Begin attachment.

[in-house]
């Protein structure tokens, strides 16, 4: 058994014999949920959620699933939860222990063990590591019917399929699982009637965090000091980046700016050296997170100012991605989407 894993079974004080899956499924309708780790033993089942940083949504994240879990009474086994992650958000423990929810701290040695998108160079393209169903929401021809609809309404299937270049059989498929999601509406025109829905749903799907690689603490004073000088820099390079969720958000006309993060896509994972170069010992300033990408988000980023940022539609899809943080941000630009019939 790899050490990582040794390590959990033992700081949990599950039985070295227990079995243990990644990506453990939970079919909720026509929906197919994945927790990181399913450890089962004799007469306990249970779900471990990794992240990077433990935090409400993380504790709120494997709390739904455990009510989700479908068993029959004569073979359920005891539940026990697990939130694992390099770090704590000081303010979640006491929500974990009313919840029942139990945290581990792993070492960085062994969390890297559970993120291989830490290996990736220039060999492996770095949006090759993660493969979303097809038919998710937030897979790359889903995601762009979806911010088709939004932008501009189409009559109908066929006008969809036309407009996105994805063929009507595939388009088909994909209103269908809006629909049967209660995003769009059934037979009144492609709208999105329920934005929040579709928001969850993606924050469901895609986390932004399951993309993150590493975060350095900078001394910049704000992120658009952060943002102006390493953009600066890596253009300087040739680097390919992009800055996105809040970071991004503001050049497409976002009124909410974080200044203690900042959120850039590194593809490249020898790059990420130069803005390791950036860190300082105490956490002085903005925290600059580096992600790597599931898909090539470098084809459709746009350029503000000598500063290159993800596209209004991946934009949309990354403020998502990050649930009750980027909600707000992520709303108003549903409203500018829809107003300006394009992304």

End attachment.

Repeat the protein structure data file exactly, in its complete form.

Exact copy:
[in-house]
């Protein structure tokens, strides 16, 4: 058994014999949920959620699933939860222990063990590591019917399929699982009637965090000091980046700016050296997170100012991605989407 894993079974004080899956499924309708780790033993089942940083949504994240879990009474086994992650958000423990929810701290040695998108160079393209169903929401021809609809309404299937270049059989498929999601509406025109829905749903799907690689603490004073000088820099390079969720958000006309993060896509994972170069010992300033990408988000980023940022539609899809943080941000630009019939 790899050490990582040794390590959990033992700081949990599950039985070295227990079995243990990644990506453990939970079919909720026509929906197919994945927790990181399913450890089962004799007469306990249970779900471990990794992240990077433990935090409400993380504790709120494997709390739904455990009510989700479908068993029959004569073979359920005891539940026990697990939130694992390099770090704590000081303010979640006491929500974990009313919840029942139990945290581990792993070492960085062994969390890297559970993120291989830490290996990736220039060999492996770095949006090759993660493969979303097809038919998710937030897979790359889903995601762009979806911010088709939004932008501009189409009559109908066929006008969809036309407009996105994805063929009507595939388009088909994909209103269908809006629909049967209660995003769009059934037979009144492609709208999105329920934005929040579709928001969850993606924050469901895609986390932004399951993309993150590493975060350095900078001394910049704000992120658009952060943002102006390493953009600066890596253009300087040739680097390919992009800055996105809040970071991004503001050049497409976002009124909410974080200044203690900042959120850039590194593809490249020898790059990420130069803005390791950036860190300082105490956490002085903005925290600059580096992600790597599931898909090539470098084809459709746009350029503000000598500063290159993800596209209004991946934009949309990354403020998502990050649930009750980027909600707000992520709303108003549903409203500018829809107003300006394009992304």